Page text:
I decided to try this subject for my creativity exercise. I knew that the plants would be harvested soon and that they were at their peak. Even so, I was very keen to try something different to the highly saturated images that seem to prevail when I look online. One of the problems in thinking about such a subject, is the difficulty of forgetting all the stereotypes and trying to see the possible image in a different way.
I decided what I wanted to try, which would be best with at least some blue sky as well as the predominant clouds and I waited a few days in hope! Then I saw a Times article which said that the lavender fields would be harvested that day. I wanted something new, but a field of stubble was not it, so I went to get my images that afternoon, when at least the drizzle had stopped.
Before trying my idea out, I took some photographs in the same style as the google search images. It was a very dull sky and so the colours were very muted. To get close to the norm, I boosted the exposure, contrast and clarity, but did no other substantive editing. The results were:
Not very interesting although the colours in the end are not too bad. I think that with not much further editing several of these would very acceptable images. Acceptable, but certainly not creative.
I then took a further set of images in the way I had actually been intending, using a Canon 20D converted for infra-red shooting. When I took the photographs, there was very little blue sky, so the dark interesting skies that I like from infra red were not possible. I took the results into Lightroom and applied a preset I created a while ago, to convert the shocking pink colours of the raw files into a much more manageable blue based monochrome, which is my starting point for editing my infra red images. After just that one edit, the images were like this:
The different approach adds a sense of mystery and strangeness to the images. The infra red also captures a lot more of the detail in the sky. I chose one of the images to do just a little more editing, but have deliberately not done too much. I want this to be a photograph not a created image.
The main editing here has just been with a curves adjustment layer to bring out the contrast in the sky a little more and to emphasise the people in the field. I also converted the image to black and white. This is still a lavender field, but it now looks like something strange is happening there and the people are standing and looking maybe in fear but certainly in anticipation. Not for the first time, I like the way the monotone image lets me look more at the tones and shapes. The lavender colours are so intense it is hard to see past the sheer profusion of colour.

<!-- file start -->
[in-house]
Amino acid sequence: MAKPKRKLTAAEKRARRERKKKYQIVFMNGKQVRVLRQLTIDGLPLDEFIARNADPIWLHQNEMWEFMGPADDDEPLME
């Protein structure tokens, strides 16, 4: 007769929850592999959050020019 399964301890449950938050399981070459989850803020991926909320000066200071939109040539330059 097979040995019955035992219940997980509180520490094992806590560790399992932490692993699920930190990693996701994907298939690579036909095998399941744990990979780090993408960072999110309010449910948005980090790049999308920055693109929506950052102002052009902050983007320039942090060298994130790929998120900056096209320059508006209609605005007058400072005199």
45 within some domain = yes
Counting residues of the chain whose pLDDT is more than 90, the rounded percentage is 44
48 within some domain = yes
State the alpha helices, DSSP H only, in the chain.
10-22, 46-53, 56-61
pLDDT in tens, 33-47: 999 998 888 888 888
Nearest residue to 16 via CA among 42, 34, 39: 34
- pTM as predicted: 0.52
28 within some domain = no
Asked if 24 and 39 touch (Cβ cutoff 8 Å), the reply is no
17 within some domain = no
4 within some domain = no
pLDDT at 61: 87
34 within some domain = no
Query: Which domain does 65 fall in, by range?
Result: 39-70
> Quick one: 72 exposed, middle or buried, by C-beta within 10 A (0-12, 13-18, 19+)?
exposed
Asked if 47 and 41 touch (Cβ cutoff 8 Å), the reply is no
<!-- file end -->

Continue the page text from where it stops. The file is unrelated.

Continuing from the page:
I have enjoyed all these exercises and was pleased with the way the infra red images of the lavender field worked out. I will take several more of these images through to further editing for my own collection. Taking away the overwhelming impact of the colour gave a much better appreciation of the form and shape of the subject and the tones are much more varied than might appear from the original image. For full comparison with the final image In that exercise, this is the original Raw image, unedited:
For this exercise and for any infra red shoots, I keep my preview jpeg set to black and white, to give a better impression of how it will finally look. Even though I like the images I took for this exercise, I decided not to use it for my assignment. I think it works well as a creative exercise, but does not show the potential beauty of artificial light.
If you make a Google Images search for ‘landscape’ it’s interesting to see how the pictures on the first few pages look quite similar.
The first view of the search results is the same as the image included in the OCA brief. But, if you select the Photography filter, there is a very different result.
Scrolling down, the results continue to be very varied:
Selecting the black and white filter gives an equally varied result:
Many of them don’t seem to be about actual places and that’s because in a way they’re not: they’re more about an idea of landscape. Similarly, if you make an image search for ‘portrait’, you’ll find several pages of technically accomplished but similar images that conform to an idea of ‘portraiture’. In both case the photographs are similar because they share the conventions of the genre. Most of the conventions used in photography for landscape, portraiture and still life come from the history of painting.
A lot of similarities, the most obvious one being that in every case the eyes are looking into the camera. It seemed to me. Looking into these faces, that these were the sitters’ views of themselves with little really creative input from the photographer. I looked back at the Sally Mann webpage (from an earlier blog) and looked again at her Faces portfolio. Any one of those images was so much more interesting than the much more bland images thrown up by the google search:
I doubt the sitter had ever seen himself like this. The photographer has created a new vision of the person which may or may not reflect something of the individual. It certainly makes me wonder about the sitter; who is he what is he like and why is he there in Sally Mann’s life?
One way you can measure ‘personal response’ is to tackle a popular subject that has been photographed thousands of times before. The conventional way to represent Mount Fuji in Japan is to frame it by water and cherry blossom (the idea can be traced back to Hokusai). The photographs above show a good command of ‘technical and visual skills’ but how would they be assessed under the ‘creativity’ criteria?